“JP said to me, ‘Look, if you’re comfortable doing it, go ahead and if that’s the shot you see, just go ahead and do it.’”

Asked if Fitzgerald should have stepped in, McIlroy lost his patience with a reporter who tried to point out another attack on Fitzerald.

“He’s my caddie, not my father,” he said, shaking his head.

McIlroy’s agent, Andrew “Chubby” Chandler was also annoyed by the question but did concede that when it comes to calling the shots, Rory takes second place to nobody,

“He doesn’t listen to anybody. He won’t listen,” Chandler said. “All this about having a new caddie is all bulls**t because he won’t listen to anyone anyway.”

Chandler should know. He said less than an hour after McIlroy’s US Open win that there was no way that the 22-year old would be re-joining a PGA Tour that requires players to commit to 15 events. Within seven weeks McIlroy showed him who’s really boss by indicating that he’s heading back to the US next year.

Whatever about the dynamic between McIlroy and his handlers at ISM, he was less than pleased with his form on the greens in the second round. In fact, he hasn’t had a good putting week since his eight-stroke US Open win at Congressional in June

After three-putting three times, he said told TNT: “I just didn’t putt very well.  I’m finding it very hard to read the greens and even with a broken wrist I should be putting better than this.”

Starting on the 10th, he opened with a three-putt bogey from 25 feet before holing from 12 feet for birdie from the fringe at the par-five 12th to get back to level par.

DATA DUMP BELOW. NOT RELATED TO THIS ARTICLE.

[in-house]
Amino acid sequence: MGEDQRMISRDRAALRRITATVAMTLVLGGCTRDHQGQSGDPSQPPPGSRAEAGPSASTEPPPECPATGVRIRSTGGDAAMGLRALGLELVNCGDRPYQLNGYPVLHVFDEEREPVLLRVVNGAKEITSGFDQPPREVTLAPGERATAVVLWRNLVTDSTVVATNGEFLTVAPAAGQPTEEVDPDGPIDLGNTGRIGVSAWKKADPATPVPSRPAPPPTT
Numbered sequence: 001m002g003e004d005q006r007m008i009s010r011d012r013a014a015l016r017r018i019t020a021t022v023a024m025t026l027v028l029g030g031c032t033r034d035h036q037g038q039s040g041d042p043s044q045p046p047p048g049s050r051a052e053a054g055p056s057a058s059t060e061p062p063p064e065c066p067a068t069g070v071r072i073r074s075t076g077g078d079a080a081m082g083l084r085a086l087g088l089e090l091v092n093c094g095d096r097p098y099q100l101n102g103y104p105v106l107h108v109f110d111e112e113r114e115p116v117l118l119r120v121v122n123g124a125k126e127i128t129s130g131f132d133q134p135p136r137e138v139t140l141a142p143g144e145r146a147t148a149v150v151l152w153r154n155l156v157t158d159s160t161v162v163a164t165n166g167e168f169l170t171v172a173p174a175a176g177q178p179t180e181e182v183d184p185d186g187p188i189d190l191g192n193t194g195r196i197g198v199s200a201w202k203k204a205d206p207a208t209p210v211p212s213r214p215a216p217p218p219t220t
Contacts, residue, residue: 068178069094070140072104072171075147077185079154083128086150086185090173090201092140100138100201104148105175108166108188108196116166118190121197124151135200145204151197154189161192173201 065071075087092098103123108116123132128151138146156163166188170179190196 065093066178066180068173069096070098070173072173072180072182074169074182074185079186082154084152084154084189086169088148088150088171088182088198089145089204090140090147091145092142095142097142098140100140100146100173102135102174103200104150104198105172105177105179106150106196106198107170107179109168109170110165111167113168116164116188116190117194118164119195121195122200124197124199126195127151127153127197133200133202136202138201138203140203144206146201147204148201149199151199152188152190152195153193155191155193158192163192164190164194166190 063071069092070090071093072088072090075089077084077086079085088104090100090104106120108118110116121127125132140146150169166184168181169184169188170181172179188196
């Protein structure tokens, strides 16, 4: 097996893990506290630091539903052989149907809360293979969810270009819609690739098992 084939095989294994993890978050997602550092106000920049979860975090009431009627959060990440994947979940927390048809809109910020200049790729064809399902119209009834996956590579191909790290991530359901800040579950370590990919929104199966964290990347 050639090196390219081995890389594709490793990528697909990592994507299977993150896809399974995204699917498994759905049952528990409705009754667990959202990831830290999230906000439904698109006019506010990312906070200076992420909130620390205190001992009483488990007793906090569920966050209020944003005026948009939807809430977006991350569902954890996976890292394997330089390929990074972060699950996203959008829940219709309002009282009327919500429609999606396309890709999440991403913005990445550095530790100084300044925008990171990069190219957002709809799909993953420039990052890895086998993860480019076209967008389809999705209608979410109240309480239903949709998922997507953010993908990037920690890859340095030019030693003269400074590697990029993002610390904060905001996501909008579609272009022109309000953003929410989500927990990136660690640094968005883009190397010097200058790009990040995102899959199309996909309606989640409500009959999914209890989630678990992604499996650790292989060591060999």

But he then missed a six foot chance at the 13th, a 10 footer at the 14th and a 12 foot chance after a brilliant approach to the 236-yard 15th before a 40 footer hit the back of the hole at 16th, hopped into the air and drop to move him into red figures at one under par.

He looked in danger of missing the cut when he triple bogeyed the 211 yard 17th by splashing his six iron into the lake and then three putting from 30 feet.

But he steadied the ship to play his back nine in one over par and make the weekend with ease despite playing with just one good hand.

After holing a 15 footer for par at the second, he bogeyed the third by leaving a bunker shot in the sand and then three-putted for a par five at the fifth after racing a 35 foot eagle chance eight feet past the hole.

Bothered by his strapping and worried about doing further damage to his hand, he then followed a birdie at the sixth with a bogey at the eighth.

But still believes he can make a weekend charge, insisting: “I feel as if I can still make birdies out there.  If I don’t think I could contend, I probably wouldn’t be playing,

“I feel as if there’s a decent one out there tomorrow, a 66 or a 65 to get myself back into red numbers and maybe shoot something similar on Sunday and see where that leaves me.”

Scheduled to reappear in the Omega European Masters in three weeks, McIlroy will work with his UK-based physio Steve McGregor to get back to full fitness.

He said: “It would have been great to play here injury-free. I would have started to wind it down a bit for the season and work on a few things leading into next year.

“But hopefully I can just see this tournament through, get myself into contention tomorrow, and then think about how much time I need to rest it and get back and play some events over in Europe.”